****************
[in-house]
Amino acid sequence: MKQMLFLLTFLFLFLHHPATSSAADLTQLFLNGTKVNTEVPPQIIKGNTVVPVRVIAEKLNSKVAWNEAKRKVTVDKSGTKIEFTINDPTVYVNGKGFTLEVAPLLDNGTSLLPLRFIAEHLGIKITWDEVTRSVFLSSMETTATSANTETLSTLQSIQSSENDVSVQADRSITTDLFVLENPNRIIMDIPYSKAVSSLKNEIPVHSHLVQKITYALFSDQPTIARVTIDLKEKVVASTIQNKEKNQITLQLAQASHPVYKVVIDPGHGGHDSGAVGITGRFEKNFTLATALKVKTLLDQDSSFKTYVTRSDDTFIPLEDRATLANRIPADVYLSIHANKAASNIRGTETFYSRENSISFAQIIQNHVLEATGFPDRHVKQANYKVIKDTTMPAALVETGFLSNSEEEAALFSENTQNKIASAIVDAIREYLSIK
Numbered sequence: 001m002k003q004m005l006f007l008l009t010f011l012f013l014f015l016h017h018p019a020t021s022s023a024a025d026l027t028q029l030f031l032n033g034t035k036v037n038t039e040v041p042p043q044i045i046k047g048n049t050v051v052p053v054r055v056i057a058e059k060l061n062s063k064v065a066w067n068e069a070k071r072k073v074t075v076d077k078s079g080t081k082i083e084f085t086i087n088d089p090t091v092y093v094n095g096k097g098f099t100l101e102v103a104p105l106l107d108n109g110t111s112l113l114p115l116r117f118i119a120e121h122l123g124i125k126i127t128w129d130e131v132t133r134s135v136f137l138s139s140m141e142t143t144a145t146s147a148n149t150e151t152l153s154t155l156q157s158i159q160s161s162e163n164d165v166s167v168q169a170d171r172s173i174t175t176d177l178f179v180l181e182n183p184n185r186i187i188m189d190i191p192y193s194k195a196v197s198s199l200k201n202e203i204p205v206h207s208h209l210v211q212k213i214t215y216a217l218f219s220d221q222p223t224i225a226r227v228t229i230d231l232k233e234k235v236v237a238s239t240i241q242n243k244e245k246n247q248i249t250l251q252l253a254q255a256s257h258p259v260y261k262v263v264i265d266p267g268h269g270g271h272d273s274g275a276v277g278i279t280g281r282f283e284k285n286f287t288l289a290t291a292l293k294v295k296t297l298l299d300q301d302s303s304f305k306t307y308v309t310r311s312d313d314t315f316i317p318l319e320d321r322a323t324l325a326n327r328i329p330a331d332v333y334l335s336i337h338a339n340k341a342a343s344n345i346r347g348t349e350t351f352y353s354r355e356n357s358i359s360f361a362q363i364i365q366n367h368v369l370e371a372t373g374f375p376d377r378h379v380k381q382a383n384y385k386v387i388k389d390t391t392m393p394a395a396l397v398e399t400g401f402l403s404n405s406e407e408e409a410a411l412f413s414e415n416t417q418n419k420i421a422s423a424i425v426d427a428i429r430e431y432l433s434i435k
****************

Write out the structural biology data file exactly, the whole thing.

[in-house]
Amino acid sequence: MKQMLFLLTFLFLFLHHPATSSAADLTQLFLNGTKVNTEVPPQIIKGNTVVPVRVIAEKLNSKVAWNEAKRKVTVDKSGTKIEFTINDPTVYVNGKGFTLEVAPLLDNGTSLLPLRFIAEHLGIKITWDEVTRSVFLSSMETTATSANTETLSTLQSIQSSENDVSVQADRSITTDLFVLENPNRIIMDIPYSKAVSSLKNEIPVHSHLVQKITYALFSDQPTIARVTIDLKEKVVASTIQNKEKNQITLQLAQASHPVYKVVIDPGHGGHDSGAVGITGRFEKNFTLATALKVKTLLDQDSSFKTYVTRSDDTFIPLEDRATLANRIPADVYLSIHANKAASNIRGTETFYSRENSISFAQIIQNHVLEATGFPDRHVKQANYKVIKDTTMPAALVETGFLSNSEEEAALFSENTQNKIASAIVDAIREYLSIK
Numbered sequence: 001m002k003q004m005l006f007l008l009t010f011l012f013l014f015l016h017h018p019a020t021s022s023a024a025d026l027t028q029l030f031l032n033g034t035k036v037n038t039e040v041p042p043q044i045i046k047g048n049t050v051v052p053v054r055v056i057a058e059k060l061n062s063k064v065a066w067n068e069a070k071r072k073v074t075v076d077k078s079g080t081k082i083e084f085t086i087n088d089p090t091v092y093v094n095g096k097g098f099t100l101e102v103a104p105l106l107d108n109g110t111s112l113l114p115l116r117f118i119a120e121h122l123g124i125k126i127t128w129d130e131v132t133r134s135v136f137l138s139s140m141e142t143t144a145t146s147a148n149t150e151t152l153s154t155l156q157s158i159q160s161s162e163n164d165v166s167v168q169a170d171r172s173i174t175t176d177l178f179v180l181e182n183p184n185r186i187i188m189d190i191p192y193s194k195a196v197s198s199l200k201n202e203i204p205v206h207s208h209l210v211q212k213i214t215y216a217l218f219s220d221q222p223t224i225a226r227v228t229i230d231l232k233e234k235v236v237a238s239t240i241q242n243k244e245k246n247q248i249t250l251q252l253a254q255a256s257h258p259v260y261k262v263v264i265d266p267g268h269g270g271h272d273s274g275a276v277g278i279t280g281r282f283e284k285n286f287t288l289a290t291a292l293k294v295k296t297l298l299d300q301d302s303s304f305k306t307y308v309t310r311s312d313d314t315f316i317p318l319e320d321r322a323t324l325a326n327r328i329p330a331d332v333y334l335s336i337h338a339n340k341a342a343s344n345i346r347g348t349e350t351f352y353s354r355e356n357s358i359s360f361a362q363i364i365q366n367h368v369l370e371a372t373g374f375p376d377r378h379v380k381q382a383n384y385k386v387i388k389d390t391t392m393p394a395a396l397v398e399t400g401f402l403s404n405s406e407e408e409a410a411l412f413s414e415n416t417q418n419k420i421a422s423a424i425v426d427a428i429r430e431y432l433s434i435k